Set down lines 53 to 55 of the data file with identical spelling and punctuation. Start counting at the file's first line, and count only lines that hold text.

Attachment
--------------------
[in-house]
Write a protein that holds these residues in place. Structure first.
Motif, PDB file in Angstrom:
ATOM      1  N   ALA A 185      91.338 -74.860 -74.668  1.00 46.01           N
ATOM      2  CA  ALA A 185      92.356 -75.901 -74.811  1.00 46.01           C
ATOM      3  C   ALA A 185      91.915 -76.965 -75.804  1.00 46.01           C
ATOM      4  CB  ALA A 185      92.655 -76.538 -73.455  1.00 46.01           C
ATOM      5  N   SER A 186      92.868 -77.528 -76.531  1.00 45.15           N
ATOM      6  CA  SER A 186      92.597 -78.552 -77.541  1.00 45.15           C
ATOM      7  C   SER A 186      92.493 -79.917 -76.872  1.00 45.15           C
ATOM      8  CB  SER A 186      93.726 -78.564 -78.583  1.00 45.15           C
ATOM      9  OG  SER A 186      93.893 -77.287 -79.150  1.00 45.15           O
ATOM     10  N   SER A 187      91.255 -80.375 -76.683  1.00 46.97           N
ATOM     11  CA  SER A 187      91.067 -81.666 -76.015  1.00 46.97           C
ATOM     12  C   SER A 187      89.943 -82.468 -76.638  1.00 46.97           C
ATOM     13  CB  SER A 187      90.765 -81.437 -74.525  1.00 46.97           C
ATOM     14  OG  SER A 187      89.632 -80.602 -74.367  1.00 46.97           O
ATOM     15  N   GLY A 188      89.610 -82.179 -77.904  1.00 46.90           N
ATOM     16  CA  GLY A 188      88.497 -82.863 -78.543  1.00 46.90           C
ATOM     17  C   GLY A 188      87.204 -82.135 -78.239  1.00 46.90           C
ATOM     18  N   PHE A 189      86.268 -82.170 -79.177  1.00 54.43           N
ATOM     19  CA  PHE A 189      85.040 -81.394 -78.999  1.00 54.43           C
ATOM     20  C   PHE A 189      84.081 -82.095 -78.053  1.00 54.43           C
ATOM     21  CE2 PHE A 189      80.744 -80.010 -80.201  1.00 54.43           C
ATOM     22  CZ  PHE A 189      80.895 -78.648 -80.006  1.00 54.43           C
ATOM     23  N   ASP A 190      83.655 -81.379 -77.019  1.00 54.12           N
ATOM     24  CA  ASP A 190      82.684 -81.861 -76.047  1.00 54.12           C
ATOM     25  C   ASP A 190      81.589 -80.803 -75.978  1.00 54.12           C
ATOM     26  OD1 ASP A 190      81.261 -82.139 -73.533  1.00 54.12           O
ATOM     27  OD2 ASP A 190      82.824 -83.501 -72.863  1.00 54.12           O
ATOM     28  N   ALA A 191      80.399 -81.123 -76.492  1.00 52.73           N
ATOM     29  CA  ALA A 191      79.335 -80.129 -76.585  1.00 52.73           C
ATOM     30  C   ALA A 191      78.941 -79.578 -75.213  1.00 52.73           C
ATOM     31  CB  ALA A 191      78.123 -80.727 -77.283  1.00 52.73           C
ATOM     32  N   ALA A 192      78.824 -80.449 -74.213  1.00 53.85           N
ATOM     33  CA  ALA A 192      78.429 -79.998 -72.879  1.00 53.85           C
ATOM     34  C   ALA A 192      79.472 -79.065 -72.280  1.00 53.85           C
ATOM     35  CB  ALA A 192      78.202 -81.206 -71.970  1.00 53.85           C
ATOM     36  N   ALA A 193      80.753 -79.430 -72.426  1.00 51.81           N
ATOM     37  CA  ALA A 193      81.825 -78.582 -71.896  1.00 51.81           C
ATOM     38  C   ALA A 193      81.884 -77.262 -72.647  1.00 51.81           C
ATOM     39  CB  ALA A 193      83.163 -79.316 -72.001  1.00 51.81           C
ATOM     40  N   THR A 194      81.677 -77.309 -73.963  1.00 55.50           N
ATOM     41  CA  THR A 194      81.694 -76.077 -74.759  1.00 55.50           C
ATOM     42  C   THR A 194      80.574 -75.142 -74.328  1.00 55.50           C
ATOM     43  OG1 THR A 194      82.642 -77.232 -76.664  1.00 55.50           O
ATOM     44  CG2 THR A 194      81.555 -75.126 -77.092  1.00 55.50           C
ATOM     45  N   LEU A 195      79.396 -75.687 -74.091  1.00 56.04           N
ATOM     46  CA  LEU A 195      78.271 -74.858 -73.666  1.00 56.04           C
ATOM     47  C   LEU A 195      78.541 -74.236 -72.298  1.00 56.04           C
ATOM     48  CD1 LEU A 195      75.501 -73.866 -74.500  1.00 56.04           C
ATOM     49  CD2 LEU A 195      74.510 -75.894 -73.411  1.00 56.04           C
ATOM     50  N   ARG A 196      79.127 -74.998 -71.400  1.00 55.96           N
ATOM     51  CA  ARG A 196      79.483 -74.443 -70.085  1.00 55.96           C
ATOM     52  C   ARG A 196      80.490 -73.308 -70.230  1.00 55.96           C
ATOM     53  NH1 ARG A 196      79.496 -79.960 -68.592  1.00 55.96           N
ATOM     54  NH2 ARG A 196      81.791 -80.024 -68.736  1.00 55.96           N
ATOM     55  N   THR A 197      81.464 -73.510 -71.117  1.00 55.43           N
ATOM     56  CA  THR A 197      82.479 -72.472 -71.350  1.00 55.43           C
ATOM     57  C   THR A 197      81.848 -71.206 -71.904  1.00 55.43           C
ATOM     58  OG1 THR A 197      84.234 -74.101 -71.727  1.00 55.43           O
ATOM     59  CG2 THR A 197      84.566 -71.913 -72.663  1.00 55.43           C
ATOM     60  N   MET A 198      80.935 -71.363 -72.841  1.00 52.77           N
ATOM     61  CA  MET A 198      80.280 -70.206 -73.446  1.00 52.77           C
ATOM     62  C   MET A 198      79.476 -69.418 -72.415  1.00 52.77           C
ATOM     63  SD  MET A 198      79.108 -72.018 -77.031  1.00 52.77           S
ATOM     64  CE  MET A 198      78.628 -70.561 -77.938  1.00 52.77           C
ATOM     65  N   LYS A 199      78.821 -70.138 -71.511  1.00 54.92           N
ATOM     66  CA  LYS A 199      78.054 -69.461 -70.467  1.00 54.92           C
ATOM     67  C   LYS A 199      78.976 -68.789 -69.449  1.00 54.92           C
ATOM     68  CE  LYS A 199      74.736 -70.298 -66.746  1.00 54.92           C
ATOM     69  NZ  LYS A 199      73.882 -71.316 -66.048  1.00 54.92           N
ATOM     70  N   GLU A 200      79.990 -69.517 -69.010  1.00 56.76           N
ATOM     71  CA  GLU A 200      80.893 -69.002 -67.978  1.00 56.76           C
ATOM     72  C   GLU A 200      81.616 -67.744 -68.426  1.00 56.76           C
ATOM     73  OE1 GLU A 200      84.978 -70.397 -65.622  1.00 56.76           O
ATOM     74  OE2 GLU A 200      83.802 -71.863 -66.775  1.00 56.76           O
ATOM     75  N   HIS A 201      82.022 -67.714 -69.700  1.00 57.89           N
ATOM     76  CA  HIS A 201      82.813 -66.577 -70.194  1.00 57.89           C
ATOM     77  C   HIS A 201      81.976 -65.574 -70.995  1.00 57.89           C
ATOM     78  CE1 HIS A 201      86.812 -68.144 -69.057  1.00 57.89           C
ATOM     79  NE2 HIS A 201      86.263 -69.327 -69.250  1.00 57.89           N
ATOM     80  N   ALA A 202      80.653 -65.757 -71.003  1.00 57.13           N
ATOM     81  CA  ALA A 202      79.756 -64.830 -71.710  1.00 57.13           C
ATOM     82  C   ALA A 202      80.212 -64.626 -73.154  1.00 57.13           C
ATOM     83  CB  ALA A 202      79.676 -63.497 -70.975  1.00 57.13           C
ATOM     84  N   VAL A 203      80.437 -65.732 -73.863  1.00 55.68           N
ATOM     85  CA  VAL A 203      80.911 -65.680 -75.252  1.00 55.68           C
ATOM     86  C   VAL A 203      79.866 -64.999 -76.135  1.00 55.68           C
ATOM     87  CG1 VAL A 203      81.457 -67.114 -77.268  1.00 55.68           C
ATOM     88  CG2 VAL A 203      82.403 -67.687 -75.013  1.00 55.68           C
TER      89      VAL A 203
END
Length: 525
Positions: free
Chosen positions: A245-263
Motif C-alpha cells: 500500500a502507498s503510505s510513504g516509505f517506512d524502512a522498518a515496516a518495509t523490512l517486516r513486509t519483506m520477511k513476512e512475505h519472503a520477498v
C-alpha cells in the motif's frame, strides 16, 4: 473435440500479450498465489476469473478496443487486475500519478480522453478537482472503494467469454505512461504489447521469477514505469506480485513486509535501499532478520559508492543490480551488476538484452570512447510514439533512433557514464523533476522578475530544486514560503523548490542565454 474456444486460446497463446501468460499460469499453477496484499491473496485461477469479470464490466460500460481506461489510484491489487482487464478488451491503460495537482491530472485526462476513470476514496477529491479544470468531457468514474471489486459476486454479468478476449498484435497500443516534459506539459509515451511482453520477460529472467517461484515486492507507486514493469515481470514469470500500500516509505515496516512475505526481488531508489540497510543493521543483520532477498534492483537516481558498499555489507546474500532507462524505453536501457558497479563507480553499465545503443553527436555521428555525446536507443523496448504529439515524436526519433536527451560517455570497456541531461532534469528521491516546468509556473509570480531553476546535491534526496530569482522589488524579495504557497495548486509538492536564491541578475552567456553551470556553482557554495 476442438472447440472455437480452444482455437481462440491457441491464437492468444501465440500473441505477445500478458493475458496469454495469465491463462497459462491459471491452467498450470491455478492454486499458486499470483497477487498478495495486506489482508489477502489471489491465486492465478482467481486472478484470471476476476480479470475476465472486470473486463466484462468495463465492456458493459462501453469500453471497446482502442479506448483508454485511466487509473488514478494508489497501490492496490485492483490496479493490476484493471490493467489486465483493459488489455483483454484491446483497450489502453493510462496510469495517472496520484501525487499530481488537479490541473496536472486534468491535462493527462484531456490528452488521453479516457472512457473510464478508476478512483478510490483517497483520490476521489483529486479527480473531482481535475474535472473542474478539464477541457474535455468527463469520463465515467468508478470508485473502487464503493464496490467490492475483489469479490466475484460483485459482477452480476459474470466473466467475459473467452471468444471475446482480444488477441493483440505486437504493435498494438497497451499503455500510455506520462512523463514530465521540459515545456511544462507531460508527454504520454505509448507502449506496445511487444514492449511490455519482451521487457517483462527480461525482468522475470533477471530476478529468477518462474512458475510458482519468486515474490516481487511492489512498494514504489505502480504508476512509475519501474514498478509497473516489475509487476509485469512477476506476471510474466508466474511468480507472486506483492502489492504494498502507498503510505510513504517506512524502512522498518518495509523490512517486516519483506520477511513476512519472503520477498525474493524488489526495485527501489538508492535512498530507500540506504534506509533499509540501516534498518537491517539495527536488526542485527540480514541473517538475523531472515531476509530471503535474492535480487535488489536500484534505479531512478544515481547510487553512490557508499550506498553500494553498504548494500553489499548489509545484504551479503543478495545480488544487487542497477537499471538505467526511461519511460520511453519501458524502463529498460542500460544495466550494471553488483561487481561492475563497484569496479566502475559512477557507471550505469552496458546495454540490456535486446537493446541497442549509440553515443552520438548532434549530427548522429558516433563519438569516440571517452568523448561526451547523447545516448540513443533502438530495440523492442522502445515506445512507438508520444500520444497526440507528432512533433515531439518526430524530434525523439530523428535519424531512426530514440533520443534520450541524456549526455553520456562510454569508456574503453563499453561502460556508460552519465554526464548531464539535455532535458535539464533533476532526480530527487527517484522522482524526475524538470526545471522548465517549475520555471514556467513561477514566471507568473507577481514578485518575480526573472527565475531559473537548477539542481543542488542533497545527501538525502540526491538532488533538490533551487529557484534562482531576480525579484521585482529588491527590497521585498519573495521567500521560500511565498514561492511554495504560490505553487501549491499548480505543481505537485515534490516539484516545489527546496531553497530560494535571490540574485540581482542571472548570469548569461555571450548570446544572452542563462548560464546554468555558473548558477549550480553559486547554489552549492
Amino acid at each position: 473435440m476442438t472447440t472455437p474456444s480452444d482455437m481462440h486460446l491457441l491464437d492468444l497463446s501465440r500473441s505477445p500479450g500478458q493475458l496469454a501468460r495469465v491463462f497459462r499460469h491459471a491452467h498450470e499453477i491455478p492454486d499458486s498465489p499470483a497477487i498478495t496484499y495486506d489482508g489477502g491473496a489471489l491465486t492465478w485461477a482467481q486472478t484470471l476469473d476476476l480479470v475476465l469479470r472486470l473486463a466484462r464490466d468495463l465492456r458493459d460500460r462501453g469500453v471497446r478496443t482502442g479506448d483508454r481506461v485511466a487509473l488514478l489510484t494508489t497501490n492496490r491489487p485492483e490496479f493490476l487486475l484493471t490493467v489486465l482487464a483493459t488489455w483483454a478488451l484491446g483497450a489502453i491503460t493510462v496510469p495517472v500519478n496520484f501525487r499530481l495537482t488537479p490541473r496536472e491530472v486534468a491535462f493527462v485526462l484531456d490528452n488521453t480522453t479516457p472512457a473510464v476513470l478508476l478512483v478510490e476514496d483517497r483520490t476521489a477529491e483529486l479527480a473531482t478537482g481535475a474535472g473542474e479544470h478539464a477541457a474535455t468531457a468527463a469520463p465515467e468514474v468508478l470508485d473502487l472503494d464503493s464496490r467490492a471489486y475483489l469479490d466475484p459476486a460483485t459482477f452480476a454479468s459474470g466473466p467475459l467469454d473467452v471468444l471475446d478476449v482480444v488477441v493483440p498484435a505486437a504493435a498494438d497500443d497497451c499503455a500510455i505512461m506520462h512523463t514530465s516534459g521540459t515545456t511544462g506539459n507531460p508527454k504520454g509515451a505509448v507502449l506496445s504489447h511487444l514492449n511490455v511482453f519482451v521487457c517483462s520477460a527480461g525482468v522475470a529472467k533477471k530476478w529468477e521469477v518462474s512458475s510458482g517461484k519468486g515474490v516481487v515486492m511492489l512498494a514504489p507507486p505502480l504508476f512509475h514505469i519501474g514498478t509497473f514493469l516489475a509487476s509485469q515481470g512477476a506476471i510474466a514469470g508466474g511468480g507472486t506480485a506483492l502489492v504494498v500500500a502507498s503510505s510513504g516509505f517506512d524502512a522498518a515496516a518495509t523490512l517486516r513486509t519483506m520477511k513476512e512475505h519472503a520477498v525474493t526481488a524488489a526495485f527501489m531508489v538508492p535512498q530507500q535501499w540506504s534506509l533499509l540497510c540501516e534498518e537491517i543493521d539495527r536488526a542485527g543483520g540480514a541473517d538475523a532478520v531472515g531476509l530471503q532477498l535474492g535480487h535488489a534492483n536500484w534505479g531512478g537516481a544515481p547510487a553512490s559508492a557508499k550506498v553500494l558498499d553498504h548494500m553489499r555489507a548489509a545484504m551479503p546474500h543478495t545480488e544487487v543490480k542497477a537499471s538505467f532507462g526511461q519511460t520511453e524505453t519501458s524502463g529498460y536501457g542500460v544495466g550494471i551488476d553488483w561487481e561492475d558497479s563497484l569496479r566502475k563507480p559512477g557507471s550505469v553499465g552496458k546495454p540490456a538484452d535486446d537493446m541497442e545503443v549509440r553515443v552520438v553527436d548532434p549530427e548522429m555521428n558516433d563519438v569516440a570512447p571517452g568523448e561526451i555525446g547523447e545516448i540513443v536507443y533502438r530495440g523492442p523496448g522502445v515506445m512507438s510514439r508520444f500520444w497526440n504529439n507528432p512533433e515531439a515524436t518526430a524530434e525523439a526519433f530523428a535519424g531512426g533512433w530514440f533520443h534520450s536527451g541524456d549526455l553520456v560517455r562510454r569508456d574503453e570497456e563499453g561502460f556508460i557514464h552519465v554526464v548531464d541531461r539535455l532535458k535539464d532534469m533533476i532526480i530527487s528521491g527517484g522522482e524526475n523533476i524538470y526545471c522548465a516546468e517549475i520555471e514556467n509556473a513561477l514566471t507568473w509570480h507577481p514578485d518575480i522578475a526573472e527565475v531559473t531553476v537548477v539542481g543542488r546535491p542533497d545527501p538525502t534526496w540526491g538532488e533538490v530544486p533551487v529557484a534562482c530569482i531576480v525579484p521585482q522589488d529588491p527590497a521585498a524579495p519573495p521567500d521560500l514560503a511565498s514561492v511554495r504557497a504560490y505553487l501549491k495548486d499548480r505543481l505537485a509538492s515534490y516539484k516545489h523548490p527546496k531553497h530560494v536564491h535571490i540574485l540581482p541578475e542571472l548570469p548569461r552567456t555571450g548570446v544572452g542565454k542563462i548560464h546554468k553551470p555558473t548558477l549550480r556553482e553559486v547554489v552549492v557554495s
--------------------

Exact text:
ATOM     50  N   ARG A 196      79.127 -74.998 -71.400  1.00 55.96           N
ATOM     51  CA  ARG A 196      79.483 -74.443 -70.085  1.00 55.96           C
ATOM     52  C   ARG A 196      80.490 -73.308 -70.230  1.00 55.96           C